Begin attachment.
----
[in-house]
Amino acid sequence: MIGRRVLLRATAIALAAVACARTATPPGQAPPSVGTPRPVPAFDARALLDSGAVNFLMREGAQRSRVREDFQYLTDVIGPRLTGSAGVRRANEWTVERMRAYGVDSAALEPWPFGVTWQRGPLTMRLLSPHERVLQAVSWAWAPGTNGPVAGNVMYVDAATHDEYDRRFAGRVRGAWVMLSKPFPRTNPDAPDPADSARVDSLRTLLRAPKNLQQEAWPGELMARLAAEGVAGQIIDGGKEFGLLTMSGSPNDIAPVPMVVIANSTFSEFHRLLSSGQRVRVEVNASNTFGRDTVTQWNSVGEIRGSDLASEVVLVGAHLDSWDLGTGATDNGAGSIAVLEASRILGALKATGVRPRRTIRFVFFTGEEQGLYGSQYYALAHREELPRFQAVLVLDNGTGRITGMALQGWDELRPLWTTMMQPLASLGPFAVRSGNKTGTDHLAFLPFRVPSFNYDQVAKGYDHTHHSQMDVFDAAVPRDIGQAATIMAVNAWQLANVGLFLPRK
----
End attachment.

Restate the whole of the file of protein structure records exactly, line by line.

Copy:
[in-house]
Amino acid sequence: MIGRRVLLRATAIALAAVACARTATPPGQAPPSVGTPRPVPAFDARALLDSGAVNFLMREGAQRSRVREDFQYLTDVIGPRLTGSAGVRRANEWTVERMRAYGVDSAALEPWPFGVTWQRGPLTMRLLSPHERVLQAVSWAWAPGTNGPVAGNVMYVDAATHDEYDRRFAGRVRGAWVMLSKPFPRTNPDAPDPADSARVDSLRTLLRAPKNLQQEAWPGELMARLAAEGVAGQIIDGGKEFGLLTMSGSPNDIAPVPMVVIANSTFSEFHRLLSSGQRVRVEVNASNTFGRDTVTQWNSVGEIRGSDLASEVVLVGAHLDSWDLGTGATDNGAGSIAVLEASRILGALKATGVRPRRTIRFVFFTGEEQGLYGSQYYALAHREELPRFQAVLVLDNGTGRITGMALQGWDELRPLWTTMMQPLASLGPFAVRSGNKTGTDHLAFLPFRVPSFNYDQVAKGYDHTHHSQMDVFDAAVPRDIGQAATIMAVNAWQLANVGLFLPRK